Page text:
CACAP Statement on Proposed Legislation in Alberta to Restrict Treatment for Transgender Youth

Authored by the CACAP Advocacy Committee (M. Morrissette, R. Rasasingham, L. Anang, S. Abidi, N. Signhal, A. Gajaria, I. Mian, J. Guzder, J. Wittenberg, J. Gibson)

On January 31, 2024, the Premier of Alberta announced plans to put forth legislation that would support restricting access to puberty-blocking and gender-affirming treatments for individuals under the age of 18 years, and would require parental consent for schools to respect name or pronoun changes for those under the age of 15 years.  The Canadian Academy of Child and Adolescent Psychiatry (CACAP) is unequivocally opposed to this proposed legislation that would infringe upon the rights of transgender youth to receive timely evidence-based medical treatment.

Numerous scientific studies have concluded that transgender youth are disproportionately affected by psychiatric conditions including depressive and anxiety disorders, as well as elevated rates of suicidal ideation and suicide attempts.Encouragingly, treatment with puberty-suppressing medications among youth who want this treatment has been associated with lower odds of suicidal ideation over one’s lifetime compared to those individuals who were unable to receive this treatment.2  Moreover, the effects of some treatments that would be banned with this proposed legislation, such as puberty-suppressing medications, are completely reversible, pausing irreversible pubertal changes to allow youth and their families to more fully explore and plan for medical, psychological, and social issues that they may encounter.  For some younger individuals, these treatments are indeed medically necessary.3

Access to gender-affirming hormone therapy (GAHT) has also been identified as medically necessary for some transgender individuals.  GAHT is reserved for individuals who have experienced sustained incongruence between their assigned and identified gender over time, and have demonstrated the ability to understand the potential risks and benefits associated with this treatment.3 Crucially, access to GAHT has been associated with lower rates of depression and suicide attempts for transgender youth as young as 13 years old.4

Acceptance and affirmation of chosen names and pronouns across different settings has been associated with improved mental health for transgender youth.  Previous research has demonstrated that for each additional setting (e.g., home, work, school) in which chosen names were used for transgender youth, there was a corresponding decrease in depressive symptoms, suicidal ideation, and suicidal behaviours.5 For some transgender individuals, they may experience acceptance of their chosen names and pronouns in some settings and not in others.  To promote the health of transgender individuals, it is therefore imperative to respect chosen names and pronouns in as many settings as possible, and the affirmation of chosen names and pronouns in the school environment should not be dependent upon parental consent.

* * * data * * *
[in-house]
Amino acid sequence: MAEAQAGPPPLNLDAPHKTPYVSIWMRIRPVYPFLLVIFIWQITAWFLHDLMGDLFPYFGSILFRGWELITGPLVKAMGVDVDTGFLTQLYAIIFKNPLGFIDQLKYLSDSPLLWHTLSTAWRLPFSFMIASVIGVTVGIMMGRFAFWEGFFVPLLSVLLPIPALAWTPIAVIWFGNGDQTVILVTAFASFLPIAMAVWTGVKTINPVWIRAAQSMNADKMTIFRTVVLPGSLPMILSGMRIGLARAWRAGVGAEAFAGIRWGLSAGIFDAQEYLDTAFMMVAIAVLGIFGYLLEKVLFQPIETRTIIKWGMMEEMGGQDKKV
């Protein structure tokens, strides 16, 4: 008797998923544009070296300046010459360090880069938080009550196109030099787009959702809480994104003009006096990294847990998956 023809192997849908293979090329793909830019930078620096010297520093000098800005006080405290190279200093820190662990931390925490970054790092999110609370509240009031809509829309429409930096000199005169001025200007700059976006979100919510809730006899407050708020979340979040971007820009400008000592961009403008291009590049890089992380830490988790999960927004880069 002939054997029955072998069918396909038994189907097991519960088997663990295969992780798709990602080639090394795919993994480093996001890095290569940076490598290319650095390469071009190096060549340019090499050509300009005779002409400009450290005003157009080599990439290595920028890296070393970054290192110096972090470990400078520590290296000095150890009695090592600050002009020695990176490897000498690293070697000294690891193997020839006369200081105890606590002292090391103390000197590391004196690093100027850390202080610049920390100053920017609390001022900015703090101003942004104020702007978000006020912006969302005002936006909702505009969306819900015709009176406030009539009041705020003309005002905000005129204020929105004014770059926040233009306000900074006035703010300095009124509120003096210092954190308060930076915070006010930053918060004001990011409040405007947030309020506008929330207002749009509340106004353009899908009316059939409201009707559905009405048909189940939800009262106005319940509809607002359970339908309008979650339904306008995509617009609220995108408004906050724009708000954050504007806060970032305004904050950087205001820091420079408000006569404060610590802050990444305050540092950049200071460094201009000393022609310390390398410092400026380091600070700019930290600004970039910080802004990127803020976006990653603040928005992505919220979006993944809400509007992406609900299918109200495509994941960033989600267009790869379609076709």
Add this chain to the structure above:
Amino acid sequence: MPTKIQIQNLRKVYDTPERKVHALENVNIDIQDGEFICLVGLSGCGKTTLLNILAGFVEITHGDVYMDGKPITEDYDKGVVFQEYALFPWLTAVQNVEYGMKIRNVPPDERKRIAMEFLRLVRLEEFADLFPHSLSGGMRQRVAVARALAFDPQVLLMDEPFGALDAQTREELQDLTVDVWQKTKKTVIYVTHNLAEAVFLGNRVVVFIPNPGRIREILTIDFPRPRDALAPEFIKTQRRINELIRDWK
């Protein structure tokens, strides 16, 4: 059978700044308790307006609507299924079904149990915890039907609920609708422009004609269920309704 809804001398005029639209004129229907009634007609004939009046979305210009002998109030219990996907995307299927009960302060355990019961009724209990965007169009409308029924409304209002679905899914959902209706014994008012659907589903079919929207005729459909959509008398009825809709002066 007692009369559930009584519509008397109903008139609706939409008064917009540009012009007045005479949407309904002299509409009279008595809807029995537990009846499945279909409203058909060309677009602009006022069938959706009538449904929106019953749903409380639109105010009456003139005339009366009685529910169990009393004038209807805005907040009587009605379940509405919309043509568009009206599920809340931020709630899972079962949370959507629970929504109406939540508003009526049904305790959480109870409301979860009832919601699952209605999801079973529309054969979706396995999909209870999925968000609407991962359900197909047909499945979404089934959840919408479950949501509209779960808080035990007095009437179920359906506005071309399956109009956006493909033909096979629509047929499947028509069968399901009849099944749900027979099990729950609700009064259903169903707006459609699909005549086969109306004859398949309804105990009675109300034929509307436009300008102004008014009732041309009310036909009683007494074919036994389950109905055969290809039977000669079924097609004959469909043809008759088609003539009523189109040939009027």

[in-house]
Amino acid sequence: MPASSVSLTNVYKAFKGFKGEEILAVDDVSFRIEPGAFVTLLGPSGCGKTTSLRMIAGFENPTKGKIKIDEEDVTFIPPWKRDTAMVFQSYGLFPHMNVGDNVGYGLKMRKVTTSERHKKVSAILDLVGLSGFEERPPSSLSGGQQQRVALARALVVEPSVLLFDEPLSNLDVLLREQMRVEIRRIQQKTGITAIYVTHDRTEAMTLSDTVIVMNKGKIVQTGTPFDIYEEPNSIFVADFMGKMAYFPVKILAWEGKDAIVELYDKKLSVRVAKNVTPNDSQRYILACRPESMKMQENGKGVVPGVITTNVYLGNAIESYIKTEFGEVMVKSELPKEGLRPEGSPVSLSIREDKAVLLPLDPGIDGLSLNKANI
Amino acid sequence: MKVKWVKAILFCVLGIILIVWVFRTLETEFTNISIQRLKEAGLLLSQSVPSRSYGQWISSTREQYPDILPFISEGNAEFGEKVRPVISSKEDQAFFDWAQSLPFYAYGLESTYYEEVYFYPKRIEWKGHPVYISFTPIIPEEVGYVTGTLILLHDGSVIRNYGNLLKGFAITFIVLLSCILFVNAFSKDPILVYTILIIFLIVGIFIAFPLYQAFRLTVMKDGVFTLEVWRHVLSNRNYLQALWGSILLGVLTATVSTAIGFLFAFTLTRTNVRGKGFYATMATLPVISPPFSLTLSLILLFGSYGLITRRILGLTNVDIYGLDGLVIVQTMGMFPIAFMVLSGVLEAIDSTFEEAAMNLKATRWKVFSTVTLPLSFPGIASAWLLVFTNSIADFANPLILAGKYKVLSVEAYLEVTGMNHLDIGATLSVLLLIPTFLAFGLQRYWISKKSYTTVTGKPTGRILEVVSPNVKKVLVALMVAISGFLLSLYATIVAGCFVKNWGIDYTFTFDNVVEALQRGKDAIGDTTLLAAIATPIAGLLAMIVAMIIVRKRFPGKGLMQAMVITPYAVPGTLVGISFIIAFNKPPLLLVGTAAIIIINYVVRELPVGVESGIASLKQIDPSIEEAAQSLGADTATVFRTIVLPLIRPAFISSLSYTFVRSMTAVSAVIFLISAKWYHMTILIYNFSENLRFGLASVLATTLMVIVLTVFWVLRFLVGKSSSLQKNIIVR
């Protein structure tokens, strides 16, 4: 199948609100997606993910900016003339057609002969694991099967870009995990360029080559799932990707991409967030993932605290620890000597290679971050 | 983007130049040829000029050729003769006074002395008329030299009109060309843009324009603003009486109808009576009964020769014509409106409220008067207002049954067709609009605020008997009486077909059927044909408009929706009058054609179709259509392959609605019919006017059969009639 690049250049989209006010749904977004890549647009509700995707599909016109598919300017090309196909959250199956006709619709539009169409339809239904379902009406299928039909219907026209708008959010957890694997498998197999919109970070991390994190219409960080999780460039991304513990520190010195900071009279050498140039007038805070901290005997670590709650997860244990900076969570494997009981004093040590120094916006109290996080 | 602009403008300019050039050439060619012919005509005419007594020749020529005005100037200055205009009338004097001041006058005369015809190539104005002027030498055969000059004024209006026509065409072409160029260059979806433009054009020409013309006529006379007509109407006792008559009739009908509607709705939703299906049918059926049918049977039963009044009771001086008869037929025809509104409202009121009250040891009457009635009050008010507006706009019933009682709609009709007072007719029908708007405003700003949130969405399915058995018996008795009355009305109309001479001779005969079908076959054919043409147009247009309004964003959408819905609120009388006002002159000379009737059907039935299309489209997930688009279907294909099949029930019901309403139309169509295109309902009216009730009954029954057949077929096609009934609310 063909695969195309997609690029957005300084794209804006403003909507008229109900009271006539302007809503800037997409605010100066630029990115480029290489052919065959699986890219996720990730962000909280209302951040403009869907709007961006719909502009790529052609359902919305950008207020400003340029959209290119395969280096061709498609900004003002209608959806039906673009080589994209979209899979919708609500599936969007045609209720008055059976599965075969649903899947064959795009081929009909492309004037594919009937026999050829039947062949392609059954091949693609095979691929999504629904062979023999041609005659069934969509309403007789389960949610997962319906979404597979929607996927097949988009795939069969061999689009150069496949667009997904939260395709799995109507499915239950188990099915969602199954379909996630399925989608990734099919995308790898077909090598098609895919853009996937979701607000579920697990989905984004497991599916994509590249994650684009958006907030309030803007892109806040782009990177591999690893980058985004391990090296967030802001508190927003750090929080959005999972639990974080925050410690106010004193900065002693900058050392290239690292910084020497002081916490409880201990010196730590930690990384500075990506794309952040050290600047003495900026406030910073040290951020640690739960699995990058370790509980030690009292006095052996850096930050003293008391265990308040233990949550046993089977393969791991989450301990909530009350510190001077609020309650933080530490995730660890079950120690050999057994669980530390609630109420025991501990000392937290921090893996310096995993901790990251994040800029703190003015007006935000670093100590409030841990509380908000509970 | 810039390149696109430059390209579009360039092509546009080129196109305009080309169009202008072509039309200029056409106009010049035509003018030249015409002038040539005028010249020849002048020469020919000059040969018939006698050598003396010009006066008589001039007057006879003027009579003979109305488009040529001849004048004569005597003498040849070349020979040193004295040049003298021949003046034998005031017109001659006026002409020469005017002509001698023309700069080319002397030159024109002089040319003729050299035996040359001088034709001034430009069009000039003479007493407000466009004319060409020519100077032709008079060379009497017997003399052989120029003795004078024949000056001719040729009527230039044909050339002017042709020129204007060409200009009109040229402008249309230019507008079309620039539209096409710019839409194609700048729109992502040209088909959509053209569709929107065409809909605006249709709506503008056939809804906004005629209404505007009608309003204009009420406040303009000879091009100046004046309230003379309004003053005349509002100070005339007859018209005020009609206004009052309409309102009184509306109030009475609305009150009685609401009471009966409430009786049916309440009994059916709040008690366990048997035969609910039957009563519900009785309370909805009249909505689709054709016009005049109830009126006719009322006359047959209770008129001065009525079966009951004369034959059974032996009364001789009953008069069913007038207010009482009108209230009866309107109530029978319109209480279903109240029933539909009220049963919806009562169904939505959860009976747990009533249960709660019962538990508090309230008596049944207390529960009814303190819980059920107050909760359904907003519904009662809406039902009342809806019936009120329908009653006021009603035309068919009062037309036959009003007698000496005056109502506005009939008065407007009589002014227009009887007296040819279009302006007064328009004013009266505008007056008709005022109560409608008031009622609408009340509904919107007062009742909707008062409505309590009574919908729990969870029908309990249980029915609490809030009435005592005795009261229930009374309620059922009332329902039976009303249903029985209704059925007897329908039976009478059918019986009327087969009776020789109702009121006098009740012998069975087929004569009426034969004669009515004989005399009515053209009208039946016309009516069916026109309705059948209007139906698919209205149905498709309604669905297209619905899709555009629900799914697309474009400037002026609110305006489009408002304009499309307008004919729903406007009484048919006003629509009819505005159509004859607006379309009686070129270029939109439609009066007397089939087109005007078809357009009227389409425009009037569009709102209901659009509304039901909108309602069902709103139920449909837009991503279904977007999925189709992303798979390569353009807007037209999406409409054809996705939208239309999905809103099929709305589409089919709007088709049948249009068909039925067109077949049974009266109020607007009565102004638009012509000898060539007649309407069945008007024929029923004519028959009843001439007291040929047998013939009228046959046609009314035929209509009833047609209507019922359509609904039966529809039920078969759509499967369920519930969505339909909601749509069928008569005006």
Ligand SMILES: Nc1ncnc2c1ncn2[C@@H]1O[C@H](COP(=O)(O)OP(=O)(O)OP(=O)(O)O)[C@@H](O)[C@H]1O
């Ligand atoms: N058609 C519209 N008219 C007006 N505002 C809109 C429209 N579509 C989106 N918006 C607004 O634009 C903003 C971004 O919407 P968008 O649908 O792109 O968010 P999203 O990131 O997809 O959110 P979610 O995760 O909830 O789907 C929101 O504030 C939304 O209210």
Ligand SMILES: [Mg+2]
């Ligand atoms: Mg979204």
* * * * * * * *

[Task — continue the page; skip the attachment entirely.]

The CACAP affirms that parents and caregivers play an essential role in supporting children and youth to understand and make medical treatment decisions.  The CACAP also agrees with the World Professional Association for Transgender Health (WPATH) in asserting that “proper medical care for any condition is a matter best negotiated between patients and their trained and qualified medical providers who are relying on clinical evidence and experience”6 and respectfully believes that these decisions should occur without encroachment from government.

The CACAP therefore urges the rejection of this proposed legislation that would result in irreparable harm to transgender youth and their families.


  1. Tordoff DM, Wanta JW, Collin A, Stepney C, Inwards-Breland DJ, Ahrens K. Mental health outcomes in transgender and nonbinary youths receiving gender-affirming care. JAMA Netw Open. 2022;5(2):e220978.
  2. Turban JL, King D, Carswell JM, Keuroghlian AS. Pubertal suppression for transgender youth and risk of suicidal ideation. Pediatrics. 2020;145(2):e20191725.
  3. Coleman E, Radix AE, Bouman WP, Brown GR, de Vries ALC, Deutsch MB, et al. Standards of care for the health of transgender and gender diverse people, version 8. Int J Transgend Health. 2022;23(Suppl 1):S1-S259.
  4. Green AE, DeChants JP, Price MN, Davis CK. Association of gender-affirming hormone therapy with depression, thoughts of suicide, and attempted suicide among transgender and nonbinary youth. J Adolesc Health. 2022;70(4):643-649.
  5. Russell ST, Pollitt AM, Li G, Grossman AH. Chosen name use is linked to reduced depressive symptoms, suicidal ideation and behavior among transgender youth. J Adolesc Health. 2018;63(4):503-505.
  6. World Professional Association for Transgender Health. Statement in response to proposed legislation denying evidence-based care for transgender people under 18 years of age and to penalize professionals who provide that medical care. 2020 January [cited 2024 February 21]. Available from: